In a dramatic turn of events, Congress passed a last-minute spending bill that averts a government shutdown. The bill, which passed the House on a 335-91 vote and Senate by a vote of 88-9, temporarily funds the government through November 17, 2023.
After the House failed to pass its first continuing resolution (CR) on Sept. 29 that included border security measures and additional spending cuts, Republicans were joined by Democrats to pass a new, continuing resolution, H.R. 5860. This resolution funds the government without funding cuts, aid to Ukraine or the inclusion of H.R. 2, the Secure the Border Act. The Senate followed suit later that evening. President Biden signed the bill shortly before midnight on September 30, allowing Congress more time to negotiate final Fiscal Year 2024 (FY24) appropriations legislation.
Below is a summary of H.R. 5860, Making Continuing Appropriations for FY24 from the American Farm Bureau Federation:
- Provides $16 billion in supplemental disaster aid for the Federal Emergency Management Agency (FEMA);
- Extends the Animal Drug and Animal Generic Drug User Fee agreements through FY28;
- Extends Livestock Mandatory Reporting Program through November 17;
- Does not contain funding reductions;
- Does not contain additional aid for Ukraine efforts; and
- Does not contain H.R. 2, the Secure the Border Act of 2023.
The House is now expected to take up individual appropriations bills during the upcoming floor periods.
It remains to be seen though if the House can pass an Agriculture Appropriations bill and what will be included in the spending plan. This annual legislation plays a pivotal role in funding crucial agricultural programs and agencies, including the Department of Agriculture (USDA) and the Food and Drug Administration (FDA). It also influences policies related to food safety, nutrition assistance programs, rural development and more.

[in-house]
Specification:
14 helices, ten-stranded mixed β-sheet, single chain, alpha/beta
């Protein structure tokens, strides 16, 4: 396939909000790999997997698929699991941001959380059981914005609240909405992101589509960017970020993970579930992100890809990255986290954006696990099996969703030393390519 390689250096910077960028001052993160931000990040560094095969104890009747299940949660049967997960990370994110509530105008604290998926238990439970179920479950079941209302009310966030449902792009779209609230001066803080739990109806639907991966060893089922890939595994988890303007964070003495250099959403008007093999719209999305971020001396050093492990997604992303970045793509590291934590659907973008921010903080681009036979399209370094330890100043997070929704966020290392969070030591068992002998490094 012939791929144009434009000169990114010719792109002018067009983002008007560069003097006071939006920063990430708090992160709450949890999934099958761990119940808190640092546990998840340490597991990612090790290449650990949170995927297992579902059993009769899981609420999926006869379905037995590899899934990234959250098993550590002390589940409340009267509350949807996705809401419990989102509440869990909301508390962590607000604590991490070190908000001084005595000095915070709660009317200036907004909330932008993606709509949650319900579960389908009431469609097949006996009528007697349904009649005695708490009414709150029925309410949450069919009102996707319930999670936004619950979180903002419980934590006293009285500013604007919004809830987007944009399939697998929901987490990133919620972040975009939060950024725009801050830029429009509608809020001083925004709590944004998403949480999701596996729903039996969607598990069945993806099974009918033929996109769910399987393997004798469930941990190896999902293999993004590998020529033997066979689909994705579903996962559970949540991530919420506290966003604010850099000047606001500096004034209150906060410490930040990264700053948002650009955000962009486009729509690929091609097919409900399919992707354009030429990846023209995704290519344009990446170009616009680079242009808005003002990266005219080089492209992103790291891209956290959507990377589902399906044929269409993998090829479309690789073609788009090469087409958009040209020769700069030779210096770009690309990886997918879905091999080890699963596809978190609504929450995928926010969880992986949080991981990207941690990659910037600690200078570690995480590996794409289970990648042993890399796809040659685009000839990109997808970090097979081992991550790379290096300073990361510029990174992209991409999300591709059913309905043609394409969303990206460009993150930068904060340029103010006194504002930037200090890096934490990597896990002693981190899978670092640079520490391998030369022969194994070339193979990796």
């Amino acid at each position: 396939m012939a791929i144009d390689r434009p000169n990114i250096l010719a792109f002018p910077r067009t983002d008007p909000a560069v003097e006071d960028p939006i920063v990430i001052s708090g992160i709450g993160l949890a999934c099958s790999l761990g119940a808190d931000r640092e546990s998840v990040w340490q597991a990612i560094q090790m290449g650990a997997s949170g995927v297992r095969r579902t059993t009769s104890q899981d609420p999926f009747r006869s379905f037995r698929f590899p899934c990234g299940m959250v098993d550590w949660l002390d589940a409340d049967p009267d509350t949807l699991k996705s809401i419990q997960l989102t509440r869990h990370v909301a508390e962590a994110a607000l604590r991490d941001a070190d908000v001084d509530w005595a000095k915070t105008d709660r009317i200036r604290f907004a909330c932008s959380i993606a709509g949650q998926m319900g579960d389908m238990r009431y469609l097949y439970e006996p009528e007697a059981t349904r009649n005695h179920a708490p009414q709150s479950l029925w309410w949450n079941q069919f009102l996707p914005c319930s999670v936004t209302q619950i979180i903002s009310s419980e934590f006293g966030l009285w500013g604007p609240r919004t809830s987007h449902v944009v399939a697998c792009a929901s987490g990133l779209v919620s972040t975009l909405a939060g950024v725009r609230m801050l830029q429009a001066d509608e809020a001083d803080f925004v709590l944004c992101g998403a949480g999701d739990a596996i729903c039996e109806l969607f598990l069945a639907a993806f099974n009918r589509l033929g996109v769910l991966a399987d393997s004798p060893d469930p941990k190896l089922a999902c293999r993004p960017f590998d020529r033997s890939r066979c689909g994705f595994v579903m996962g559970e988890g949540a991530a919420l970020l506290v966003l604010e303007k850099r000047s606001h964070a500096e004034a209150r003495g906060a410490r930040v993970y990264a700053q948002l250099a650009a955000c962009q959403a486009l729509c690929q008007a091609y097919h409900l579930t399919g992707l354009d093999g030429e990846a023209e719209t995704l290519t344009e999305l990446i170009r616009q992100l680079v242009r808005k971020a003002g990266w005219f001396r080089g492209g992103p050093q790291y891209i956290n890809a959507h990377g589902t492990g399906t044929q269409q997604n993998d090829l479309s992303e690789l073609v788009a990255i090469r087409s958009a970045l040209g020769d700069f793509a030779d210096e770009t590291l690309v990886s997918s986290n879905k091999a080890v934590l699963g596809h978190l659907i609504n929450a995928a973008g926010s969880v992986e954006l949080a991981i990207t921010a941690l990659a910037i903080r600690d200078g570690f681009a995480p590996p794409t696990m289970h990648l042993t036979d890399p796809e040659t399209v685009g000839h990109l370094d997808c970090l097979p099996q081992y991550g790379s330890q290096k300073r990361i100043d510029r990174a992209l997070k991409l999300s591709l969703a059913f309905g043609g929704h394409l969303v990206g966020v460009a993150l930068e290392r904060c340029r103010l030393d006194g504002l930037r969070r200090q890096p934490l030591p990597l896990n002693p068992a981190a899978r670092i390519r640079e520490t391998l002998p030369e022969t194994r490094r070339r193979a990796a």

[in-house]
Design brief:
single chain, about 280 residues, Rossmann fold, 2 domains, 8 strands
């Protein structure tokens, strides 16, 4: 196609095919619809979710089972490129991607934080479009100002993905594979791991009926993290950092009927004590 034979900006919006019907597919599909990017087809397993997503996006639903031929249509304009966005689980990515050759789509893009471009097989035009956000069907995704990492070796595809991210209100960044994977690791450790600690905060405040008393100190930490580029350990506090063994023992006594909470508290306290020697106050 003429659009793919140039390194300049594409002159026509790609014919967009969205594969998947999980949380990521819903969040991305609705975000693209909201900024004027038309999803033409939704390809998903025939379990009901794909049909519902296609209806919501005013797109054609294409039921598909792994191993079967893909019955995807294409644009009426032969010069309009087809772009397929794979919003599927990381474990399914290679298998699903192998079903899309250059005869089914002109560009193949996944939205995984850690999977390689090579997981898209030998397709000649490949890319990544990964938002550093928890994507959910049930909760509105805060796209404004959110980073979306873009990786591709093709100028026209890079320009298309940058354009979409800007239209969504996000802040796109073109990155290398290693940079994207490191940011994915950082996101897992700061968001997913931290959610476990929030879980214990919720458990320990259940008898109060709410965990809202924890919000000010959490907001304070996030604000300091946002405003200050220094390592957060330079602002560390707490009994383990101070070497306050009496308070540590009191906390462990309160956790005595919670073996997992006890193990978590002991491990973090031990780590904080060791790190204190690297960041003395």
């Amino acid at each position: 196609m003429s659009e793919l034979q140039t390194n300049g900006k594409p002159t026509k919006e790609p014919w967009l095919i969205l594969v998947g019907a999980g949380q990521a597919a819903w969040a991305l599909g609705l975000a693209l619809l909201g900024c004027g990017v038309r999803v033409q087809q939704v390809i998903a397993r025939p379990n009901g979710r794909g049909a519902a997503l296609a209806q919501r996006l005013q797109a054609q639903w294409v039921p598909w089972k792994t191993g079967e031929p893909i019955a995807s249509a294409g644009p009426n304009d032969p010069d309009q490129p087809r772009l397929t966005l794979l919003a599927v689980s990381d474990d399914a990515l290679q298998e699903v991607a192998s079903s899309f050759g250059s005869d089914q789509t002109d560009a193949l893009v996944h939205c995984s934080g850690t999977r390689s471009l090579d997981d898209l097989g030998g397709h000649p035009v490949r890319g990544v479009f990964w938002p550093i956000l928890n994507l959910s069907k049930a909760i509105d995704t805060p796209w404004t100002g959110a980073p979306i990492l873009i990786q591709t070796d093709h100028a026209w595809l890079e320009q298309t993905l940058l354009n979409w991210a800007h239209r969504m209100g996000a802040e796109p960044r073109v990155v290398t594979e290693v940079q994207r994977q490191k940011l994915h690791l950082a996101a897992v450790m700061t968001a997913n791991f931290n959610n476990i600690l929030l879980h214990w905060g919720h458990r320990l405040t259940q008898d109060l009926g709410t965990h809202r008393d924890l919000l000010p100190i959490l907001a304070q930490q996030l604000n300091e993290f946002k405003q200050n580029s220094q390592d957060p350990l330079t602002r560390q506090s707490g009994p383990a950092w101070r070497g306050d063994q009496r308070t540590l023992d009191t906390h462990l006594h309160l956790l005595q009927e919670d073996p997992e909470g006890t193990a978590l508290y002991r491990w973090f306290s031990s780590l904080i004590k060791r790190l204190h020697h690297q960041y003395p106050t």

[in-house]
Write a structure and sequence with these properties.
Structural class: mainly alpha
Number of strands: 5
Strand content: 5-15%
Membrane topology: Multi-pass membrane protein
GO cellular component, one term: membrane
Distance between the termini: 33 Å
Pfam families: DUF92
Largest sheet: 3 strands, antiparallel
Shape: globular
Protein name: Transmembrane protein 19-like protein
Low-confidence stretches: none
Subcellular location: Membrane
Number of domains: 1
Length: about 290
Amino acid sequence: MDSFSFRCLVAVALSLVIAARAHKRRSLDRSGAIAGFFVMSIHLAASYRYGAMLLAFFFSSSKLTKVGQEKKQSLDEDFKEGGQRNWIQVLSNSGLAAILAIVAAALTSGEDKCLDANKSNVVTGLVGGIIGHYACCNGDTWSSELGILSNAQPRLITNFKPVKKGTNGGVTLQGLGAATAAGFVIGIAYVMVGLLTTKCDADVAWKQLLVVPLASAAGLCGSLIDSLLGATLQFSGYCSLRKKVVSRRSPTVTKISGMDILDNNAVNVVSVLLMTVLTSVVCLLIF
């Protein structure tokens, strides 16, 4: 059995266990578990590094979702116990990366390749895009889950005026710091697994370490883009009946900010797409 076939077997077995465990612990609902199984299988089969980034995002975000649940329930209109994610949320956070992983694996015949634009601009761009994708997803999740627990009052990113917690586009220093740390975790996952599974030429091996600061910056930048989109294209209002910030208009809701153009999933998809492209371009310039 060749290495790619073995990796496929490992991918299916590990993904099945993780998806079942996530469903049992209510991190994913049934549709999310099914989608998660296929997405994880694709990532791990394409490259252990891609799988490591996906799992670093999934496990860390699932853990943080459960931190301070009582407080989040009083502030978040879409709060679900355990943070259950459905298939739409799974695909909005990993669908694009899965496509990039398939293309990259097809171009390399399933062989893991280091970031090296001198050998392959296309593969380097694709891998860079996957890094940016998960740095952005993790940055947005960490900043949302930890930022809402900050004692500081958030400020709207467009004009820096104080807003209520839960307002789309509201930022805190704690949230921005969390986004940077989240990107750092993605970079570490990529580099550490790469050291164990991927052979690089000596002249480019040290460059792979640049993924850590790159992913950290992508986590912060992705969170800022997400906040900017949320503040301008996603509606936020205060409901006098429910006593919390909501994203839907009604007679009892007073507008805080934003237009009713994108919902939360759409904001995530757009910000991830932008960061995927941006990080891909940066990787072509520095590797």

One of the primary reasons behind the failure of the Agriculture Appropriations Bill is the deep political divisions in the House of Representatives. In recent years, partisan gridlock has become increasingly common on Capitol Hill, making it challenging to pass crucial legislation. These divisions ultimately led to its failure.
The failure of the Agriculture Appropriations Bill in the House of Representatives underscores the challenges of navigating the complex political and budgetary landscape in Washington, D.C. The agriculture bill often becomes a battleground for partisan disputes, with disagreements over funding levels for various programs and ideological differences on issues like environmental regulations and agricultural subsidies. The consequences of this legislative setback are far-reaching, affecting farmers, consumers and the future of American agriculture.
Complicating matters is the disposing of Kevin McCarthy as Speaker of the House. The Speaker of the House plays a crucial role in the functioning of the U.S. Congress. The Speaker, as the presiding officer of the House of Representatives, has significant influence over the legislative agenda and the process of passing bills, including the Agricultural Appropriations Act.
If there is no Speaker of the House, it can have several potential effects on Congress’s ability to pass legislation, schedule floor session, set a legislative agenda and coordinate legislative efforts with the Senate. The House could have a Speaker as soon as this week but it could drag on and, until a new Speaker is elected, Congress is paralyzed.
As stakeholders continue to grapple with these challenges, it is essential for lawmakers to find common ground, prioritize the needs of the agricultural sector and work together to pass a comprehensive and effective appropriations bill that supports the industry’s growth, sustainability and resilience in the face of evolving challenges.
The previous Agriculture Appropriations bill failure is concerning but Wisconsin Farm Bureau will continue to work with Wisconsin’s federal delegation to support programs Wisconsin farmers utilize. The future of our food supply and rural communities depends on it.